Because the Soboba Foundation fully supports education and the pursuit of higher education for all students within the San Jacinto Valley, it recently awarded 11 local students with scholarships. Each graduate received $2,500 in unrestricted funds to assist in the continuation of their academic goals.
At its June 14 board meeting, all students were invited to receive their scholarship check, a proclamation and an honorary Soboba stole at Soboba Tribal Administration. The presentations were made in adherence to social distancing guidelines.
Recipients were Judith Almaraz, Academy of Innovation; Yulissa Ortiz Antunez, Mountain View High; Vanessa Fernandez, Noli Indian School; Francisco Garcia, Western Center Academy; Paola Gutierrez, Tahquitz High; Alyssa Hamlett, Hamilton High; Ricardo Orozco, San Jacinto High; Melissa Plata, West Valley High; Cameron Powers, San Jacinto Valley Academy; Amayah Purnell, Hemet High; and, Kaylee Tomasello, Alessandro High.
Judith Almaraz plans to begin her higher education at Mt. San Jacinto College to eventually study neuropsychology in her pursuit of a career in the medical field as a researcher or clinician. Throughout high school she received awards for her outstanding abilities in math, conceptual physics and as an artist. She was also valedictorian for this year’s graduating class at the Academy of Innovation.
“It was an absolute honor to be awarded this scholarship,” Judith said. “Coming from a less privileged home, there were times where I believed I would not be able to afford college and my education has not been by chance, but by choice. I am incredibly grateful to have been given this opportunity to pursue my future goals – thank you, Soboba!”
Vanessa Fernandez, valedictorian for Noli Indian School’s Class of 2021, also won multiple awards during her high school years for writing, art, science, athletics and academics. She will be attending the University of California, Berkeley majoring in the Critical Diversities field of Native American/American Indian Studies and minoring in Fire Science.
“Having a Tribe backup and support me in furthering my education, especially as a Native American student, really sets up my hopes for other students within my ethnicity who also want to achieve the same goals as me,” Vanessa said.
Francisco Garcia carried a 4.0 GPA all four years of high school at the Western Center Academy and was an AP Scholar. He earned many academic achievement honors and will be attending the University of California, San Diego as a Computer Engineering major with a goal to help other minority students explore a fascinating, yet marginalized STEM career.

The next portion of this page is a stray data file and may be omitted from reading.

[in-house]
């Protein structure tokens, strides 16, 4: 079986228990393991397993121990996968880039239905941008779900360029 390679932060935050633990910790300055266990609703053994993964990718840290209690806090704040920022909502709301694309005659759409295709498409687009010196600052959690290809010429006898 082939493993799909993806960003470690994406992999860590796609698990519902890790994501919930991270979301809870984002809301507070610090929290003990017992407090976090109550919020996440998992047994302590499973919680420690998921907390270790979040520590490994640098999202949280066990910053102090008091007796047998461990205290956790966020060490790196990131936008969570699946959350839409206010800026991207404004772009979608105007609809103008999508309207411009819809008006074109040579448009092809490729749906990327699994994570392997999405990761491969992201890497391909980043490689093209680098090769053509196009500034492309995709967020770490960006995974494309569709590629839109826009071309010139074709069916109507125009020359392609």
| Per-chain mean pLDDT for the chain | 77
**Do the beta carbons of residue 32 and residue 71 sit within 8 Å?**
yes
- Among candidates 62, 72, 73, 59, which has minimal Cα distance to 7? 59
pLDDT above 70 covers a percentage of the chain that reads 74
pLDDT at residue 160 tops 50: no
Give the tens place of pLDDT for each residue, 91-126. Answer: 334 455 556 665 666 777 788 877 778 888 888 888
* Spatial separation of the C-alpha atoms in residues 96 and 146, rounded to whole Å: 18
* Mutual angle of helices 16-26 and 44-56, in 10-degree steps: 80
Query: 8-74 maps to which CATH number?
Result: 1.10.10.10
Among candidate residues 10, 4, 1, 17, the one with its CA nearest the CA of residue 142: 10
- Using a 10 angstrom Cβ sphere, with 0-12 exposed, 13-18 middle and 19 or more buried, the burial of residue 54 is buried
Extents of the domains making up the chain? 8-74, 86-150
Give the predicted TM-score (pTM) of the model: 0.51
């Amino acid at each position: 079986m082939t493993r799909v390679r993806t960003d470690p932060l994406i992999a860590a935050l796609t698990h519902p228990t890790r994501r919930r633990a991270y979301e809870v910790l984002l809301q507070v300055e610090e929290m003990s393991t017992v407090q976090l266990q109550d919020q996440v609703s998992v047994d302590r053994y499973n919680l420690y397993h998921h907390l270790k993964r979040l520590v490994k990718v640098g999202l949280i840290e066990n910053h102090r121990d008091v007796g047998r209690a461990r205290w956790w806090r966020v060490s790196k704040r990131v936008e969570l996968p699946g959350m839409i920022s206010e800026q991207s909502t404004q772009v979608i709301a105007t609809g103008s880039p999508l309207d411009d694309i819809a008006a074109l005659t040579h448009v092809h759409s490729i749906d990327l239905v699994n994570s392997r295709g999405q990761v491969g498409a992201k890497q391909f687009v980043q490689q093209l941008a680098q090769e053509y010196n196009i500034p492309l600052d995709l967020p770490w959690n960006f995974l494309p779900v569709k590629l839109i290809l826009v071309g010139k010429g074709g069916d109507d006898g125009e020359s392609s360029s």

“To have been chosen is really special because college and the idea of going into debt from it has always been one of my biggest fears,” Francisco said. “Now, with the Soboba Foundation scholarship and many others I received, I don’t have to worry about that for my undergraduate studies. I’m fortunate and thankful for this opportunity.”
Melissa Plata was the valedictorian for West Valley High’s Class of 2021 where she was an AP Scholar, made Principal’s Honor Roll all four years and earned many awards for academic excellence. She will be attending the University of California, Irvine to major in Pharmaceutical Sciences and minor in Public Health. She plans to use her education to research medications and therapies that will better society as she sets out on a path to become a physician while advocating for often-overlooked populations in the healthcare system.
Cameron Powers earned physical fitness and academic awards while at San Jacinto Valley Academy. He also earned a Community Service Award for 100-plus hours of active volunteerism. He excelled in mathematics and plans to continue his education at Mt. San Jacinto College on his path to becoming a mechanical engineer.
“Me and my family were very grateful I was chosen for this scholarship as it gave me the ability to further pursue my career in engineering, thus helping me give back to my community,” Cameron said.
Kaylee Tomasello accelerated her studies at Alessandro High School and was able to graduate a year ahead of schedule. She will attend Mt. San Jacinto College in her pursuit of a career in social work or psychology. She stays active, physically and creatively, through softball and photography. Due to a difficult upbringing, she has expressed a desire to be a catalyst of change for others and is sincere about making a difference in the world and responding to the needs of people who have been oppressed by society.
“Receiving this scholarship meant a lot to me because it showed that even with my challenges in life, I could still accomplish something amazing. The money will help in so many ways towards school so I can have an opportunity to help others,” Kaylee said. “The essay I wrote (as part of the scholarship application) was important to me because it was my story, and I was happy to share my drive to be heard.”
Soboba Foundation President Dondi Silvas, Vice President Catherine “Cat” Modesto, Secretary Antonia Briones-Venegas, Treasurer Julie Arrietta-Parcero and Members at Large Sally Moreno-Lopez, Daniel Valdez and Isaiah Vivanco all participated in the selection process to choose deserving students from submitted candidates to receive these generous scholarships.
Photos courtesy of Carlos Puma/Puma Images for the Soboba Band of Luiseño Indians